Why I did it
In 2016-2017 I taught, for the first time, a full-year (6 credit unit) English course, “History and Future of the Book,” which is one of our Foundations courses – that is, it is one of a few 200-level courses required for our majors. As in all our courses, there is a substantial writing component, usually in the form of essay assignments. I decided to complicate my life further by trying out a type of student assignment also new to me: a student-written course blog.
I had been thinking about using a student blog assignment ever since I heard a talk given by Daniel Paul O’Donnell (U Lethbridge) about using blogs in his own teaching. The point that struck me most forcibly about Dan’s argument was his observation that students wrote better when they were blogging. Since one of my goals in teaching writing is to help students write better, I thought I should give the idea a try.
Setting it up
From the outset, I had to make some fundamental decisions about how the blog assignment should work within the course. It became one of the writing assignments, taking the place of a regular (2000-word) essay: the blog post itself was to be 500-1000 words long and accompanied by a commentary (read by me only) in which students discussed the process of writing the blog post, especially the challenges they encountered and the solutions they developed. The commentary gave students a chance to reflect on and thus to learn from their own writing processes; it also helped me to evaluate the effectiveness of the assignment. The blog was made publicly available on the Web, but students could opt out of having their own work posted, although it still needed to be submitted to me for grading. Thus students also needed to supply signed permission to have their work published on the blog.
Heather Ross of the GMCTL guided me to the U of S blog service (words.usask.ca) and gave me valuable advice about permission forms and other such matters. The ICT people set me up and increased my storage quota, I fiddled with the WordPress templates, and we were good to go.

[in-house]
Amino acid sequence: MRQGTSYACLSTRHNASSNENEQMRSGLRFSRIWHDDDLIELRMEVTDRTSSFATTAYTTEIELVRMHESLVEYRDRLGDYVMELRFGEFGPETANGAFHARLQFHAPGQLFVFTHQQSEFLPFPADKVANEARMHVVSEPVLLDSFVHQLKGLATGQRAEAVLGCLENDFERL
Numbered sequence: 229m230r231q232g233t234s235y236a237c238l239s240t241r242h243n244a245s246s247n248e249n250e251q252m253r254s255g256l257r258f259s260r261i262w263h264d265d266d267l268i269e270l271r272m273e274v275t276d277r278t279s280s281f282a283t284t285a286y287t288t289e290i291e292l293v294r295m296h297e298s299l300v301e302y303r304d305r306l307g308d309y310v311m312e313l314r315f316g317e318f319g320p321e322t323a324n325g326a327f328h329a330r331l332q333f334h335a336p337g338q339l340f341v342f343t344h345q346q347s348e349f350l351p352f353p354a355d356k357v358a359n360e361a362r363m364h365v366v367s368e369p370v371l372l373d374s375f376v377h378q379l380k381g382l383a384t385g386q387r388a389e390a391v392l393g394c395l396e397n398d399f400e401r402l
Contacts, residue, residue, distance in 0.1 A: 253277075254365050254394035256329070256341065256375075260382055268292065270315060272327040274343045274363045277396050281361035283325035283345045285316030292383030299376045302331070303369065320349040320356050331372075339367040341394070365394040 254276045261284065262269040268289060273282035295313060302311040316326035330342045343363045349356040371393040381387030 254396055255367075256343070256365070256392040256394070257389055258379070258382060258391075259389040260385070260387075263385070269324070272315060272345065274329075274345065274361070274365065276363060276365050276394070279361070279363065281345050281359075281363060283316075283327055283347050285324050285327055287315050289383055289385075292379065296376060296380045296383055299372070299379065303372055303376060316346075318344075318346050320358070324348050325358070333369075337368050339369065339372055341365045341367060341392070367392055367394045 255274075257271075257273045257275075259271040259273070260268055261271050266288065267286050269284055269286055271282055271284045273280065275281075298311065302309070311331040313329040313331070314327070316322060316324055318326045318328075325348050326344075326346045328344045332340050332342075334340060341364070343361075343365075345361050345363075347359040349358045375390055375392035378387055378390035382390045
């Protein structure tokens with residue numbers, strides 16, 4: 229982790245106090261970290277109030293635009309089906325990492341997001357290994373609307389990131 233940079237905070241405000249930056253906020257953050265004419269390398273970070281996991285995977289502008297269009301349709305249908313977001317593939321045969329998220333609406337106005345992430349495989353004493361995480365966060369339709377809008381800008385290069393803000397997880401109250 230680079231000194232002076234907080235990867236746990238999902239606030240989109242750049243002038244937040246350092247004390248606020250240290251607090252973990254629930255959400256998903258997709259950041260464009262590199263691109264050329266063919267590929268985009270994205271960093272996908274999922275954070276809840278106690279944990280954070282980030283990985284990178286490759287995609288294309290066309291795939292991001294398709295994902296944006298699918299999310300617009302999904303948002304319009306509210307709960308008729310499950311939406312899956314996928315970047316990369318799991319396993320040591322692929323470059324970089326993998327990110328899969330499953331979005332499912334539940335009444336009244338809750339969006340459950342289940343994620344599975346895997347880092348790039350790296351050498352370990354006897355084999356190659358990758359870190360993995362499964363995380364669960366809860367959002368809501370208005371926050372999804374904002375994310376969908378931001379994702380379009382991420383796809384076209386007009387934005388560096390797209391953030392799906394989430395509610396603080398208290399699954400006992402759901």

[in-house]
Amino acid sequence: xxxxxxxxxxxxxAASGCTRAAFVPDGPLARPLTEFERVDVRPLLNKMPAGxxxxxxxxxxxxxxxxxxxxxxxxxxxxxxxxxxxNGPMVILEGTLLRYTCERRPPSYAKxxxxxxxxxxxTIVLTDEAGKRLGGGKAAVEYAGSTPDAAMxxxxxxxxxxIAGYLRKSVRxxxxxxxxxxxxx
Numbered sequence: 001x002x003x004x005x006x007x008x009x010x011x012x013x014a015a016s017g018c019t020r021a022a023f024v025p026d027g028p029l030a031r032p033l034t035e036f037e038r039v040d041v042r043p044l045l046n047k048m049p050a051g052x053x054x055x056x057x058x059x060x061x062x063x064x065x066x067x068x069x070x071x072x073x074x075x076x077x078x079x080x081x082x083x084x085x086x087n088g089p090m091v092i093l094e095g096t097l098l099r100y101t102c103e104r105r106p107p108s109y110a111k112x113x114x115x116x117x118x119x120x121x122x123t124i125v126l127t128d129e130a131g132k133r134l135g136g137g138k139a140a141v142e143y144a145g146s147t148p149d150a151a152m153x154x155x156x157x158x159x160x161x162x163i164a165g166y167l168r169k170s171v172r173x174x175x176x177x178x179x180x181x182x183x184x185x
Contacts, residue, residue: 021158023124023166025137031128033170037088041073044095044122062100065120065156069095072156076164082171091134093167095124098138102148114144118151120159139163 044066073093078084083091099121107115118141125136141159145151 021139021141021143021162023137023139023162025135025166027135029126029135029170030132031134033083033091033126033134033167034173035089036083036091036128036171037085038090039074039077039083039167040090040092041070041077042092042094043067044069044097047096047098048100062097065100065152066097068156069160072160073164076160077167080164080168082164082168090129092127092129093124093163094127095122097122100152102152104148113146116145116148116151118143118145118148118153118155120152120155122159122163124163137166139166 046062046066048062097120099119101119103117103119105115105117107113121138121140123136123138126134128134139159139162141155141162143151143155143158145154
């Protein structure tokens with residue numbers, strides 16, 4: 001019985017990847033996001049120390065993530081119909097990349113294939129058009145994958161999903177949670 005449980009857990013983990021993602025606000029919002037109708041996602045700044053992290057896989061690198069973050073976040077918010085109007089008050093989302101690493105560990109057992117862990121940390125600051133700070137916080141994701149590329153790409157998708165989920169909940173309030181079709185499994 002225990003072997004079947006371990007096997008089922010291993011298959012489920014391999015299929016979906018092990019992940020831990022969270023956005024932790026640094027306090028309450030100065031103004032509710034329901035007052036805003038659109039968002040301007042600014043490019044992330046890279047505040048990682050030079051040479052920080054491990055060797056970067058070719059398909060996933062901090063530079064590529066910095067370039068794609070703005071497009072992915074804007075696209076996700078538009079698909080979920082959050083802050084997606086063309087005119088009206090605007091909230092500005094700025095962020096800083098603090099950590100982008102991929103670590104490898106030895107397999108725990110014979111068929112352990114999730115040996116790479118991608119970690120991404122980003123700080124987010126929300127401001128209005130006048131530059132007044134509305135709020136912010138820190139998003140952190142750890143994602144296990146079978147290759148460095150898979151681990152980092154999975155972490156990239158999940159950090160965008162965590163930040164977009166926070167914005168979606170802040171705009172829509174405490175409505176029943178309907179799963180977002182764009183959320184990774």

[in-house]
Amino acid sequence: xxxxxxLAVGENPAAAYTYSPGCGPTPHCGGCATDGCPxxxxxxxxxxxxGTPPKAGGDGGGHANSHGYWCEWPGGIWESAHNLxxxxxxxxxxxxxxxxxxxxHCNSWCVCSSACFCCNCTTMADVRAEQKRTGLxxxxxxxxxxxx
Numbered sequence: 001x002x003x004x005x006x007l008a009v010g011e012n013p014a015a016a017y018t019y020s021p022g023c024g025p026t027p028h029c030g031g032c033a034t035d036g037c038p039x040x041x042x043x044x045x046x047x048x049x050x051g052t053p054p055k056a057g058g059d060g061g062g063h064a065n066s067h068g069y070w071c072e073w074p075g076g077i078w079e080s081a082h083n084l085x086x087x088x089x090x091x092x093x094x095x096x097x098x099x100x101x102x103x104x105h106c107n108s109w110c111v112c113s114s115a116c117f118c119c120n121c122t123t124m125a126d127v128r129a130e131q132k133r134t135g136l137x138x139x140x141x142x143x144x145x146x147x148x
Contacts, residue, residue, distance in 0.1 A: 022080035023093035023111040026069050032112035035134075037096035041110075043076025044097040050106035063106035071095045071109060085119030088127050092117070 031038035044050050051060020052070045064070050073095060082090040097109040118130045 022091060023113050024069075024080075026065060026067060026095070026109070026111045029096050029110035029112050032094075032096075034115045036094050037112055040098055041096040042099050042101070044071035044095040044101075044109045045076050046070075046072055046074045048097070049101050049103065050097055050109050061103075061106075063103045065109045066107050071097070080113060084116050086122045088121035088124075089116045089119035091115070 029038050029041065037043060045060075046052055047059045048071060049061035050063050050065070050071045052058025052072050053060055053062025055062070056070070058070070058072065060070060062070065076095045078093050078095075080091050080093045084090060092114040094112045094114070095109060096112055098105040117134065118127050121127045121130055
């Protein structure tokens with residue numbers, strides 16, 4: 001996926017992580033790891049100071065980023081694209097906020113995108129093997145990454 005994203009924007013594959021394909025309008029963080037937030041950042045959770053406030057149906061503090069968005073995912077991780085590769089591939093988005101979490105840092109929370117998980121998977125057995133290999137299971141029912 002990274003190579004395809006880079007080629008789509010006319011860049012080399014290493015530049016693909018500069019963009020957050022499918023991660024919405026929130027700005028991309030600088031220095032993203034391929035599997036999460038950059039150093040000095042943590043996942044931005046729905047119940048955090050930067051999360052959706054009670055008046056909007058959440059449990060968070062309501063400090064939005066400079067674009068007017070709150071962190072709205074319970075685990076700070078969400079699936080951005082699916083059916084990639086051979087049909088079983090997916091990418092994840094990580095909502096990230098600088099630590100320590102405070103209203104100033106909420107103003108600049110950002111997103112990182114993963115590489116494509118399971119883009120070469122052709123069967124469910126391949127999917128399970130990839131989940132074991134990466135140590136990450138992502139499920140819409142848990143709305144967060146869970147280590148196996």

Results and learning
Each student wrote one post for the course blog, and thus the assignment was like a regular term paper except that (a) it was not an essay, and (b) it was published to the Web. Acting as the blog editor, I suggested changes to students’ first submissions, which they could incorporate into the final, published version if they wished; but I resisted the temptation to tinker with their final versions, which were published warts and all. I also used the course blog to post a series of Writing Tips for the class.
Students did, for the most part, write noticeably better in their blog posts than in their regular essay assignments. More was at stake in the blog posts; students knew that their work would be read not solely by their professor, but also by their peers and possibly by others outside the class. The informal nature of a blog also allowed students to write, in many cases, with a more genuine voice than for an essay assignment, and thus more effectively. This less formulaic, less familiar genre compelled students to rethink the basics of writing: ideas, information, audience, organisation, clarity. There was a higher chance that they would write about something that truly interested them, and quite a few expressed enthusiasm about the assignment. Students could also read and learn from the work of others in the class. The experiment was a success, and I would do it again.
Our course blog, History and Future of the Book, can be found at https://words.usask.ca/historyofthebook/. Some of the students’ posts have been removed at their request, but most remain, and you are welcome to browse through the Archive and read them – the best of them are excellent.